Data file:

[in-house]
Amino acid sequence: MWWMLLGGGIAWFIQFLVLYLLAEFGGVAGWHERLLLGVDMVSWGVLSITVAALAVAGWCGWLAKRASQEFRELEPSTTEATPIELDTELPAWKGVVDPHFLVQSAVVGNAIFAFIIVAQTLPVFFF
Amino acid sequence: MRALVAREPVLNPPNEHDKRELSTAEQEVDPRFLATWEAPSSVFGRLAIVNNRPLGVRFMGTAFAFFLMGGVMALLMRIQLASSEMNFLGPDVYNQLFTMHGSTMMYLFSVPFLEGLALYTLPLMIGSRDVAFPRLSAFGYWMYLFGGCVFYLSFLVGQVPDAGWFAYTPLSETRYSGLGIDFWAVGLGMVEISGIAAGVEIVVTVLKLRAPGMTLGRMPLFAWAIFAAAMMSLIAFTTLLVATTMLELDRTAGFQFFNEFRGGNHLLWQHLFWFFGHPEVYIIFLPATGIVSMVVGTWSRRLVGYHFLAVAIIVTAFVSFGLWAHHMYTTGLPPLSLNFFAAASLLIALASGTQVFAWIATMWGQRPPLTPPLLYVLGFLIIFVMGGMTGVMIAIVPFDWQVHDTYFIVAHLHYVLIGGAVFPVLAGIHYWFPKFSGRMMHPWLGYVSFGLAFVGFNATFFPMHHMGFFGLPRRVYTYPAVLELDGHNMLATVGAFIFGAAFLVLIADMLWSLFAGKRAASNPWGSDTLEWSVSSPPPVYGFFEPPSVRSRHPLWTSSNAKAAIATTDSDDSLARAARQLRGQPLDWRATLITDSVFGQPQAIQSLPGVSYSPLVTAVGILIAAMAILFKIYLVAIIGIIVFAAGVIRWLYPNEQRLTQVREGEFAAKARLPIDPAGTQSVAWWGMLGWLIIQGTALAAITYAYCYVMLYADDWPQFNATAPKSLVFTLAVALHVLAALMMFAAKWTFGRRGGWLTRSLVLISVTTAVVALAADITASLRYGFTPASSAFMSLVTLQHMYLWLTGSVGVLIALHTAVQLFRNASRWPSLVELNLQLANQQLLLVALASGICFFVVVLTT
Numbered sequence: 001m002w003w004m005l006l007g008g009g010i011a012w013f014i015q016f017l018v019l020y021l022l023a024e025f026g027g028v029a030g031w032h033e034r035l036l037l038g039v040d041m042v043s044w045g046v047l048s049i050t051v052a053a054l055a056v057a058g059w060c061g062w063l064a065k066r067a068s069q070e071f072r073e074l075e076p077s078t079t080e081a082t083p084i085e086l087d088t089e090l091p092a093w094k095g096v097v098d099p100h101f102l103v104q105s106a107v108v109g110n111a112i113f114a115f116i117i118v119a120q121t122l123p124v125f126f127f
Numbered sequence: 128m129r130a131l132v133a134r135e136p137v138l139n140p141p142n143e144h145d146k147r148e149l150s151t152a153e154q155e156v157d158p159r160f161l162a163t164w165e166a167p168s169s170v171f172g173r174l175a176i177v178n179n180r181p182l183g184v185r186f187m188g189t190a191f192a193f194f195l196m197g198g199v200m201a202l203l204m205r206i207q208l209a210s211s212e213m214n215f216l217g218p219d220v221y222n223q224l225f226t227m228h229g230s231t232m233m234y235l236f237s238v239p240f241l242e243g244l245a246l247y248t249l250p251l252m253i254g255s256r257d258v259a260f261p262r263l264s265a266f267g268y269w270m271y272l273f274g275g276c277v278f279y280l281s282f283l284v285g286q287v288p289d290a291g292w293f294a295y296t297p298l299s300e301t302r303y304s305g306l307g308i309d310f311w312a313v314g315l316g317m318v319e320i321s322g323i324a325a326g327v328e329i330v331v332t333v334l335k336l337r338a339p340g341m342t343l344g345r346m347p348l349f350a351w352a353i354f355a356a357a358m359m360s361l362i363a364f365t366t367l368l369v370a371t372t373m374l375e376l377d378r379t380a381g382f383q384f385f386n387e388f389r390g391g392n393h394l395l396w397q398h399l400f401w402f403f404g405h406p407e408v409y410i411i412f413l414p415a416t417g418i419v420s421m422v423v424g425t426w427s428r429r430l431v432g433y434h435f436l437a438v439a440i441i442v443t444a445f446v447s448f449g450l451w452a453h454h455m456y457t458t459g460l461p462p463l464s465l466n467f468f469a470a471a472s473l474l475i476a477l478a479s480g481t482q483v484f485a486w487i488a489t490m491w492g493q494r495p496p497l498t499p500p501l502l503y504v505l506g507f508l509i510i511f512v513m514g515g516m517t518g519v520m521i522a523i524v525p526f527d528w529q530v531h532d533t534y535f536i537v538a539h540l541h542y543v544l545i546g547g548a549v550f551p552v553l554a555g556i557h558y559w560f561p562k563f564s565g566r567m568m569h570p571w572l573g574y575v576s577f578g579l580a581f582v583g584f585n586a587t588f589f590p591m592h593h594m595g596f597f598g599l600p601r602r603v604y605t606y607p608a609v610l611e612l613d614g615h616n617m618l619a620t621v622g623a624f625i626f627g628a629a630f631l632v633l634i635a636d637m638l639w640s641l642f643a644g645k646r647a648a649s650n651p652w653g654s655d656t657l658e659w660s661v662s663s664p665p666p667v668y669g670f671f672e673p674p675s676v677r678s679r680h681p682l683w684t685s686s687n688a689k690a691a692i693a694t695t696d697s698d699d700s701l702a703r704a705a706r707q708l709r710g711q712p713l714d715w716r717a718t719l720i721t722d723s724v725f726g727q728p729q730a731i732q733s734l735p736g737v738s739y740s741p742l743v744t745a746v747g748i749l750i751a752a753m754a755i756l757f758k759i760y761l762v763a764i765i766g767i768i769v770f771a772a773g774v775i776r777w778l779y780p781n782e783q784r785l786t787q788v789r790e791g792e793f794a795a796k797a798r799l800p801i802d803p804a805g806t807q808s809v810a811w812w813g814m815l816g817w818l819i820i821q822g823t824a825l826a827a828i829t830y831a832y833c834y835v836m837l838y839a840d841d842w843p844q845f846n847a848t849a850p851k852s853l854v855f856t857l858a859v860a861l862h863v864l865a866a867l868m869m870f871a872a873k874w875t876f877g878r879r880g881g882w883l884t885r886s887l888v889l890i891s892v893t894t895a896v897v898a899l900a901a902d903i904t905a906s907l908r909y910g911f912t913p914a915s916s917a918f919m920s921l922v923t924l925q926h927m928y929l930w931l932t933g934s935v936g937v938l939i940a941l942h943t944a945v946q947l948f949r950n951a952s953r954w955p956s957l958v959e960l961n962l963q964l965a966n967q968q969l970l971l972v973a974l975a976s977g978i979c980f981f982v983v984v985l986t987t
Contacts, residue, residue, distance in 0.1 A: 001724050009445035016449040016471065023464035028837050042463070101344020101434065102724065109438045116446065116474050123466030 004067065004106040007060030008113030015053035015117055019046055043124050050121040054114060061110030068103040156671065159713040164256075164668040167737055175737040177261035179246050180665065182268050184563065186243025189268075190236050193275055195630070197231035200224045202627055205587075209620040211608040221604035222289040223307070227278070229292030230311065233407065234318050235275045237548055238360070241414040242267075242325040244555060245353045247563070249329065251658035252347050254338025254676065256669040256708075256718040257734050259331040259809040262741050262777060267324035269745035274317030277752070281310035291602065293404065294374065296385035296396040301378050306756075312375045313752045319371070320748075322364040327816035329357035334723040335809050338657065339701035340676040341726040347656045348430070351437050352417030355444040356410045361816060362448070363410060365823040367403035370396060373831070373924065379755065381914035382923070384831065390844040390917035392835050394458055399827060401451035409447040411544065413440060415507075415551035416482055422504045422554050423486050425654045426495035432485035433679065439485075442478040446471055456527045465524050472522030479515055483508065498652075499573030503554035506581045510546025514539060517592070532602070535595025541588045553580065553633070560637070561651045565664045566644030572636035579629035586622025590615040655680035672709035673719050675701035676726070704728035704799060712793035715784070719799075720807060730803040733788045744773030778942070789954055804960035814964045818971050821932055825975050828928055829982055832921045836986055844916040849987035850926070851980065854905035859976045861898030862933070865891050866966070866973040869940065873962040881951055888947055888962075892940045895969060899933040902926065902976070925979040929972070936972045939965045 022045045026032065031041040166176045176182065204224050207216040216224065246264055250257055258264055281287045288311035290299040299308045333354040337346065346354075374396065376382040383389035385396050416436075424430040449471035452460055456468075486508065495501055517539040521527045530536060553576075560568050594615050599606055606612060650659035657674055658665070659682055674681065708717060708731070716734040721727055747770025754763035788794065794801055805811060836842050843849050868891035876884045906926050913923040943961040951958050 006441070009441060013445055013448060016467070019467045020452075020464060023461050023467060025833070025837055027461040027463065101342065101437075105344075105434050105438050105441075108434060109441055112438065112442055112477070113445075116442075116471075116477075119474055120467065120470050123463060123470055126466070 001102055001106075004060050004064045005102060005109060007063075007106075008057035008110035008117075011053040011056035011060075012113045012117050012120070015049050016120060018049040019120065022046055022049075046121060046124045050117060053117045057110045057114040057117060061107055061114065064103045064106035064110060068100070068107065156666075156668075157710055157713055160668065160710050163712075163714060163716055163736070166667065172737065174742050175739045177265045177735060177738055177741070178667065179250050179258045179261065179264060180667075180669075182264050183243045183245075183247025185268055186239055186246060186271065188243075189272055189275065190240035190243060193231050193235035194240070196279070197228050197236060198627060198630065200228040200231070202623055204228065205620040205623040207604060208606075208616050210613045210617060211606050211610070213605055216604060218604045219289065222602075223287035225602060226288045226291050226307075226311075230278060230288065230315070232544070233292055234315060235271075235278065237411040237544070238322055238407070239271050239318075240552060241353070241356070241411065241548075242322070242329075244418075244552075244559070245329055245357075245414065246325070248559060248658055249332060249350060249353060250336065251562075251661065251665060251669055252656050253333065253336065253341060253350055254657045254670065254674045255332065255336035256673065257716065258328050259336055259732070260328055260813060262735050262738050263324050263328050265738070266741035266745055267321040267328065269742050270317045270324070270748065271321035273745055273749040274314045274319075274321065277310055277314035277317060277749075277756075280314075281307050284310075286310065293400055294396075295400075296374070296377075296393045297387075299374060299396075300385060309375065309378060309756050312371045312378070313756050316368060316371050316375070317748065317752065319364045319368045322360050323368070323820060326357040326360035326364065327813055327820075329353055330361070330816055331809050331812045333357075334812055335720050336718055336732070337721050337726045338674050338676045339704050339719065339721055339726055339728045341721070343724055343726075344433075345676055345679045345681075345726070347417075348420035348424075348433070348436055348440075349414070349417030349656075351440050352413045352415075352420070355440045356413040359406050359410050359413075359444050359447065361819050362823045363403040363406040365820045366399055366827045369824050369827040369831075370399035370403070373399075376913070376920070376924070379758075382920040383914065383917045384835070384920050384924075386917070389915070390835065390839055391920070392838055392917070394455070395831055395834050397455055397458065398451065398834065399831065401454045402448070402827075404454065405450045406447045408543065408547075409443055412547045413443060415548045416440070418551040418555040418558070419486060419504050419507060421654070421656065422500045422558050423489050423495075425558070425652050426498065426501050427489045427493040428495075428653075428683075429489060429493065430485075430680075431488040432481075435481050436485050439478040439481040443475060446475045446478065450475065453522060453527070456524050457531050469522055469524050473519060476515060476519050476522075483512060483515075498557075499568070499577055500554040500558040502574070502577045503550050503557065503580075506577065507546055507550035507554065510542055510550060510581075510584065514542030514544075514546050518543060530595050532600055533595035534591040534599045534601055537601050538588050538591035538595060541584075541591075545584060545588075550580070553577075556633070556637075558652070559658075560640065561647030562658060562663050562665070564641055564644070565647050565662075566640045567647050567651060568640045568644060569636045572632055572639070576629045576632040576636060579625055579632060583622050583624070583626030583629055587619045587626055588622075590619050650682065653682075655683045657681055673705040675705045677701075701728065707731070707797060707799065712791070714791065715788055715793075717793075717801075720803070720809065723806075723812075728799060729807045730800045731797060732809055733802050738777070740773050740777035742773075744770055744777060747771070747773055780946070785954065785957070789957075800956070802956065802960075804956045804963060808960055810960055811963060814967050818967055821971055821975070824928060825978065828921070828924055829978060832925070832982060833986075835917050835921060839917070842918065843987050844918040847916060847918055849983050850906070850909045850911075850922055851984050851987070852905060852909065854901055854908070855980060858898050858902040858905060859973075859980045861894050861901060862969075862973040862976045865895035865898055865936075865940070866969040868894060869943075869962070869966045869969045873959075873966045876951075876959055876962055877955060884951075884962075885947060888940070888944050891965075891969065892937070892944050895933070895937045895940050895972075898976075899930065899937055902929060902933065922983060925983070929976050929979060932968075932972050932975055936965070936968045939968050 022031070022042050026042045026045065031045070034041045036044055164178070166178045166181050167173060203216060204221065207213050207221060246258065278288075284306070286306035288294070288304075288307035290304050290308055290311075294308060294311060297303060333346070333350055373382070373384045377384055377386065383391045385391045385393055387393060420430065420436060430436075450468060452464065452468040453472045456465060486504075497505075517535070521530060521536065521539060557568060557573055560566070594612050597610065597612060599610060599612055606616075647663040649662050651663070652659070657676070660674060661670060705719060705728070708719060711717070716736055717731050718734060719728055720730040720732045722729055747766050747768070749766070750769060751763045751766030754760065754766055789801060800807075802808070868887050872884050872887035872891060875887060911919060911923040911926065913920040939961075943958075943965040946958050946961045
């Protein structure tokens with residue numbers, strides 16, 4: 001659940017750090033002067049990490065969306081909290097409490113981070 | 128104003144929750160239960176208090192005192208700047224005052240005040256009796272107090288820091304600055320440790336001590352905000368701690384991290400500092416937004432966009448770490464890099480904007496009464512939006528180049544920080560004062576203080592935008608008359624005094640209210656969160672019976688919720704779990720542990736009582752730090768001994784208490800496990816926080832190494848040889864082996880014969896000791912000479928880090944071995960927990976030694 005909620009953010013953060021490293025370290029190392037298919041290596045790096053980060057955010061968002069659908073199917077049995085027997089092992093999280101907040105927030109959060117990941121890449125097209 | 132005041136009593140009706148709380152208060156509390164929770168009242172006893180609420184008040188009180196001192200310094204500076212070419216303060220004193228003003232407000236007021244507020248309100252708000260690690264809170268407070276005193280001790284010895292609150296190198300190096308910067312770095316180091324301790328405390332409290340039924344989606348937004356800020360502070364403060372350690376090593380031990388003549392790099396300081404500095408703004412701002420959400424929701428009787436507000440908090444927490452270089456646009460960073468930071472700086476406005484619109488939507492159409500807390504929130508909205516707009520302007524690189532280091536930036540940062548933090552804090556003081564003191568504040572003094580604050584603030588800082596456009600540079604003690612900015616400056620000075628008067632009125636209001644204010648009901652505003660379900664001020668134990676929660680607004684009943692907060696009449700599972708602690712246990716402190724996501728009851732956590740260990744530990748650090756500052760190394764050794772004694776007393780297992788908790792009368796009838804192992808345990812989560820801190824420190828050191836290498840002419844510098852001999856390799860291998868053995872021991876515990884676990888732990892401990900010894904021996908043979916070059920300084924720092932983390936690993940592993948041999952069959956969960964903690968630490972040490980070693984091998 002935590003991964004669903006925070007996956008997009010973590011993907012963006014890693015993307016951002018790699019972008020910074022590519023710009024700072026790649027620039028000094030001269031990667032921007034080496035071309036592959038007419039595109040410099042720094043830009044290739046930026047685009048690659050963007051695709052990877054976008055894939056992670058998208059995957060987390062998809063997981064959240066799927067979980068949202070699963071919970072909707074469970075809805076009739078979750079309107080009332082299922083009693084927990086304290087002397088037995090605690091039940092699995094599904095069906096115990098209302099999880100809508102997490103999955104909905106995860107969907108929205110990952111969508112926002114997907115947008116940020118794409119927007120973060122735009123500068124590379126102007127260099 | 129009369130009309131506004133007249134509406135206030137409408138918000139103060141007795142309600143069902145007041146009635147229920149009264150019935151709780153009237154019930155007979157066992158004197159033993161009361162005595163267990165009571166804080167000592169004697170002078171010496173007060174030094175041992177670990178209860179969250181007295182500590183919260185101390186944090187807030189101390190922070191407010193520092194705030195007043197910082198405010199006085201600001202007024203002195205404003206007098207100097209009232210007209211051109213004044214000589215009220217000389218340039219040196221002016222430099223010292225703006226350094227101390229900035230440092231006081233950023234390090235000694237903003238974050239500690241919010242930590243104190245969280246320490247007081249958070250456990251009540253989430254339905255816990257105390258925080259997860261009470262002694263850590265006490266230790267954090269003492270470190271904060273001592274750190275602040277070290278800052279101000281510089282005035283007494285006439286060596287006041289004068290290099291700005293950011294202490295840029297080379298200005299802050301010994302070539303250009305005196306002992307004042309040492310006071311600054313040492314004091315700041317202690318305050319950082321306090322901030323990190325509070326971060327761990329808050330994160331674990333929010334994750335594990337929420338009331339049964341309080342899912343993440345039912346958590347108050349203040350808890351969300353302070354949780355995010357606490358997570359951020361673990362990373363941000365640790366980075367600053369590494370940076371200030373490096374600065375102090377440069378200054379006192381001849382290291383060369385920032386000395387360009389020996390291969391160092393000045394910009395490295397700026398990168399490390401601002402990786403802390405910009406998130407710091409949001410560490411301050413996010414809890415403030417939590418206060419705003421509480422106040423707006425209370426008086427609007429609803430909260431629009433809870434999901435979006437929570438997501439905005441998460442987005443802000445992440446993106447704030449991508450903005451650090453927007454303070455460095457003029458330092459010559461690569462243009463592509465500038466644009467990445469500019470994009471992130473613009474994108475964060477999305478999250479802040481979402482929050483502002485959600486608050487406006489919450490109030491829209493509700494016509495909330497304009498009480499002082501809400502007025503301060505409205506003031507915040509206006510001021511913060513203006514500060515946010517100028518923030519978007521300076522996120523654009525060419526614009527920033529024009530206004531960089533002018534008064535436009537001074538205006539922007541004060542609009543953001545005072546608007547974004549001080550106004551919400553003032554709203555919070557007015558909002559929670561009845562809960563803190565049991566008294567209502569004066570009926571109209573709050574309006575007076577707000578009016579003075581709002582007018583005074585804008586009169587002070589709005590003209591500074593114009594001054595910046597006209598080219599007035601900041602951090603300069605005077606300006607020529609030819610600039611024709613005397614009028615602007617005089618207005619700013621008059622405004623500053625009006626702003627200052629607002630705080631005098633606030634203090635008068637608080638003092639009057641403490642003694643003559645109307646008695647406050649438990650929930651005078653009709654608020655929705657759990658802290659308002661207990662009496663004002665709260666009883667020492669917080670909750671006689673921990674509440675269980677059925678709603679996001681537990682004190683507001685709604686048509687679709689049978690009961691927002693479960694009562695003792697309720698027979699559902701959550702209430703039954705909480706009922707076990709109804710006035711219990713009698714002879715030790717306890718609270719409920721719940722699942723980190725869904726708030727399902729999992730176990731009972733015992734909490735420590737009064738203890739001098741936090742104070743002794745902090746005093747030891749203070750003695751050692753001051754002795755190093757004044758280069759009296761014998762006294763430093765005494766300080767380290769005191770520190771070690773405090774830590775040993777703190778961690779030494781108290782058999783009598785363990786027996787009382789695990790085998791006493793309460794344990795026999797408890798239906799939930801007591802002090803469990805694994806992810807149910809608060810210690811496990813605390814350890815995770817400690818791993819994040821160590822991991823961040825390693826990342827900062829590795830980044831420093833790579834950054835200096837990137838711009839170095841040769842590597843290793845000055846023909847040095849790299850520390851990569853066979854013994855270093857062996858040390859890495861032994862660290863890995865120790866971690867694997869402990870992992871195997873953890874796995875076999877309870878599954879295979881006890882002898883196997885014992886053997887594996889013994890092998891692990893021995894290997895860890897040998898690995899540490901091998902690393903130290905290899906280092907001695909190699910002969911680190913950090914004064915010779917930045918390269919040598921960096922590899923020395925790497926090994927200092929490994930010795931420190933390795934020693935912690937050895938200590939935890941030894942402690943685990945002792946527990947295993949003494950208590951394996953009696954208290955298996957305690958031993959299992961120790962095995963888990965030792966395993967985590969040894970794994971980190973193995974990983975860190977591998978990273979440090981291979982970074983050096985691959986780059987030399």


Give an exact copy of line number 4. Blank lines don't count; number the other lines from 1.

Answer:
Numbered sequence: 001m002w003w004m005l006l007g008g009g010i011a012w013f014i015q016f017l018v019l020y021l022l023a024e025f026g027g028v029a030g031w032h033e034r035l036l037l038g039v040d041m042v043s044w045g046v047l048s049i050t051v052a053a054l055a056v057a058g059w060c061g062w063l064a065k066r067a068s069q070e071f072r073e074l075e076p077s078t079t080e081a082t083p084i085e086l087d088t089e090l091p092a093w094k095g096v097v098d099p100h101f102l103v104q105s106a107v108v109g110n111a112i113f114a115f116i117i118v119a120q121t122l123p124v125f126f127f